Kentucky’s export success is not all built on high-level international agreements. Several homegrown factors also play a part. The state has managed to court some incredibly successful corporations. KWTC offers small businesses tools such as profiles of Kentucky companies for presenting overseas, export development plans, pre-screening distributors, locating buyers, and coaching Kentuckians on legal and other issues in places where they will do business. Cook said the services are free to businesses, and that most of KWTC’s money in Louisville and Lexington comes from local government. Like last year, $130,000 of the Metro budget will go to the center. Although the organization has yet to make comparable headway outside the urban areas, Cook said overall the state is continually stepping up exports.
Peachey said diversification is another key, along with considering that “exports” are not solely three-dimensional objects that ship in boxes. Although Kentucky’s biggest exports are automotive parts and chemicals, intangibles also make a contribution. For example, Lexington-based Exstream Software exports software for banking and other industries.
Uniqueness also makes for a successful export product. Whip Mix, a Louisville company, exports materials and equipment for making dental castings to Latin American countries where such items are scarce. Peachey said Rocket Man, a local company with only four employees, has been extremely successful with a mobile beverage-dispensing device — the company’s liquid-filled backpacks can be seen at sporting events, but are also useful at trade shows for dispensing things such as suntan lotion or paint.
The big bucks flowing into Kentucky as the state becomes increasingly competitive in the global economy come with a hefty dose of responsibility for how that money is made. Even with federal laws taken out of the equation, other issues remain.
For instance, Peachey said many of the chemicals that earned the state $3 billion in exports last year were manufactured in Louisville’s Rubbertown area. That West Louisville industrial park remains a contentious area for residents, who have cited ill health effects from air pollution from companies that have emitted toxins well above legal limits in the past. The Courier-Journal reported in June that in a worst-case scenario, cancer threats from these companies were thousands of times higher than deemed acceptable in Jefferson County.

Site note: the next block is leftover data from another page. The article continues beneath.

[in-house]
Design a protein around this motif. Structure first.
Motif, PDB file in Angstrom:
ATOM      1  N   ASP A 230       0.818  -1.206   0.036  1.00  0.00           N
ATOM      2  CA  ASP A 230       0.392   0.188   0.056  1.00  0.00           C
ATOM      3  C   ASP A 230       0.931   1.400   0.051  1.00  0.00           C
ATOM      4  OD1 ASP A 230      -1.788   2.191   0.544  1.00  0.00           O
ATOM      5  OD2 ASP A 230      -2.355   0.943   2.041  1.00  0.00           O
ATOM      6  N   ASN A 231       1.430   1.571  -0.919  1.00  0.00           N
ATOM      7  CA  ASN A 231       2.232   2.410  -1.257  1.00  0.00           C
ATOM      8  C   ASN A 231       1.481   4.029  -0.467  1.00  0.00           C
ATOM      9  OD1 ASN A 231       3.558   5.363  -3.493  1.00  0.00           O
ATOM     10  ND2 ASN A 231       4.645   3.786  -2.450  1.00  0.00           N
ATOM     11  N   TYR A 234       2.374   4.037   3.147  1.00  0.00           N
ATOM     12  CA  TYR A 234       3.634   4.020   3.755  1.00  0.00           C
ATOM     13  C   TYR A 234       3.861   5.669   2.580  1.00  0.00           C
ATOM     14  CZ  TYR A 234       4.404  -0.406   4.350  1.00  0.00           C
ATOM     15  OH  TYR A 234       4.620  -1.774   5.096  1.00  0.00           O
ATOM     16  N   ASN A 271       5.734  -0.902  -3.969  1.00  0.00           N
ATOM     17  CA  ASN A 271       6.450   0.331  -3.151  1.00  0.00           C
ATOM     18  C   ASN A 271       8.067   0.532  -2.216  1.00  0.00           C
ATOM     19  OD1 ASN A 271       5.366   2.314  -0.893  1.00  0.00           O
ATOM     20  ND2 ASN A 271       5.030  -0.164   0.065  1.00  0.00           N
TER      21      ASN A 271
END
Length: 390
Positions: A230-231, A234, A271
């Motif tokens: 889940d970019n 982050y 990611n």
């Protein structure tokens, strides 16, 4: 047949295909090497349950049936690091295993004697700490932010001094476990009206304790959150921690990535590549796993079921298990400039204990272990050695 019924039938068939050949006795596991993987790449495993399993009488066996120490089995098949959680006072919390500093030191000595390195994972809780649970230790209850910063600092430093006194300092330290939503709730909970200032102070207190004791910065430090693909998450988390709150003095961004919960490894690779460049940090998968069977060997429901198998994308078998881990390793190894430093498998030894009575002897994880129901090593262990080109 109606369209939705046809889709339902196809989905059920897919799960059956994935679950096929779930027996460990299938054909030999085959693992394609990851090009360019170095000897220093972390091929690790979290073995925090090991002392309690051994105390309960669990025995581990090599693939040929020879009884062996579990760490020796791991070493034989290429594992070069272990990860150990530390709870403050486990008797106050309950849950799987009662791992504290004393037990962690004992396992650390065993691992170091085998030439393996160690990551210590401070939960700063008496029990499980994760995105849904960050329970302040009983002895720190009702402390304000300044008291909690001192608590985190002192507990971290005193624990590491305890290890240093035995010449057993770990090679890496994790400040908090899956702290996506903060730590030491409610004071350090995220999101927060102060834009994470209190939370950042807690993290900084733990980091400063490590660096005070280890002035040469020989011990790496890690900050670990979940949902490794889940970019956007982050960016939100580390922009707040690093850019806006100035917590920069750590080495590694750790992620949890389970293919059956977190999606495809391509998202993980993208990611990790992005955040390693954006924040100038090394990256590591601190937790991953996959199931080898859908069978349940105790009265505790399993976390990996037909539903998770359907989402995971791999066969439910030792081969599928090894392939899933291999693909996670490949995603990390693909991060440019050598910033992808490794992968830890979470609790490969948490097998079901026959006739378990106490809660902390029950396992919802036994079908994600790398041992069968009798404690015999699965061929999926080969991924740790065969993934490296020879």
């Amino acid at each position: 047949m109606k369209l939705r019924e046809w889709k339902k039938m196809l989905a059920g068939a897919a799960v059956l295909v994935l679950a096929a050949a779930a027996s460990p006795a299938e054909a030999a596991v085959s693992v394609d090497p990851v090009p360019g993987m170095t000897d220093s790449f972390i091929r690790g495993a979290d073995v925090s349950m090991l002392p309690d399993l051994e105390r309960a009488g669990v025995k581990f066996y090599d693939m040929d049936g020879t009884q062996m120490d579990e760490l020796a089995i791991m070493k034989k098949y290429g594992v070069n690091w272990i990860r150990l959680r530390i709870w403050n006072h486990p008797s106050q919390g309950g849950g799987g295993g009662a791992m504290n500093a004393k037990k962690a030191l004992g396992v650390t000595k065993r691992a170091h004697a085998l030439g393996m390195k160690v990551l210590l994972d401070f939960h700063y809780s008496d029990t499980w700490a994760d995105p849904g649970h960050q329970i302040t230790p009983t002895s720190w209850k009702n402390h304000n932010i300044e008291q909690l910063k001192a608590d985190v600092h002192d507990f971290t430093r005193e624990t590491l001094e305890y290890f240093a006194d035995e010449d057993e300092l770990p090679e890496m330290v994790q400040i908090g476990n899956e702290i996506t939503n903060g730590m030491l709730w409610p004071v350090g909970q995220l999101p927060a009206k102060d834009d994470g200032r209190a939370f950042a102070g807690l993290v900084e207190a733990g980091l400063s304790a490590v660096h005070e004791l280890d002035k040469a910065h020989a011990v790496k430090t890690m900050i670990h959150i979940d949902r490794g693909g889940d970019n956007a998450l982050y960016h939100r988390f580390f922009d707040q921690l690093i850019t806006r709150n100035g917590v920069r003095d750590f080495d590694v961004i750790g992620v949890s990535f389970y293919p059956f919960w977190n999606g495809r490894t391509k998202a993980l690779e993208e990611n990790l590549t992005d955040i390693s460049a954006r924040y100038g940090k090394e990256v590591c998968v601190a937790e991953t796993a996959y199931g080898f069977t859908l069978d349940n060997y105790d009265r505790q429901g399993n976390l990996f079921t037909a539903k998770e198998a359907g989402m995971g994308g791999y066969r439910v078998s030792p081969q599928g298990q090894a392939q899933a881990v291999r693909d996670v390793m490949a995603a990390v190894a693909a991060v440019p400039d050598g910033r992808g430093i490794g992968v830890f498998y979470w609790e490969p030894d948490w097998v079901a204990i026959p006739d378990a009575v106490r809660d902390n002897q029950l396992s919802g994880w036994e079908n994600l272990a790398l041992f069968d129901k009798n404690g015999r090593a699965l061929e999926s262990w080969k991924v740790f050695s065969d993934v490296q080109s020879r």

This tricky balance between what is good for business and what is good for people is not unique to Louisville or the state. It directly mirrors the large-scale issues wrought by a rapidly expanding global economy. Prosperity as a result of ever-expanding economies is a basic tenet of society, yet it often excludes the fundamental discussion about who loses when even small businesses win.
To be certain, Kentucky is winning. Cook, of KWTC, keeps handy a list of tangible benefits from the state’s exports. She said that in 2005, exports added $4.1 billion to the state domestic product, created 55,000 jobs and generated an estimated $856 million in state and local taxes, and lent to a more productive, better-paid workforce.
But Cook said her organization has even loftier aspirations. As part of the international World Trade Centers Association, it hopes to help attain the as-yet-unattainable dream often associated with hippies and beauty pageant contestants.
“Our goal is to create world peace through trade initiatives,” she said. “
idea was that you don’t want to bomb somebody if you have economic ties to them.”
While it is nice to think that even the smallest local business has the opportunity to take part in that vision, it is equally important to consider who is left out in the periphery.
Contact the writer at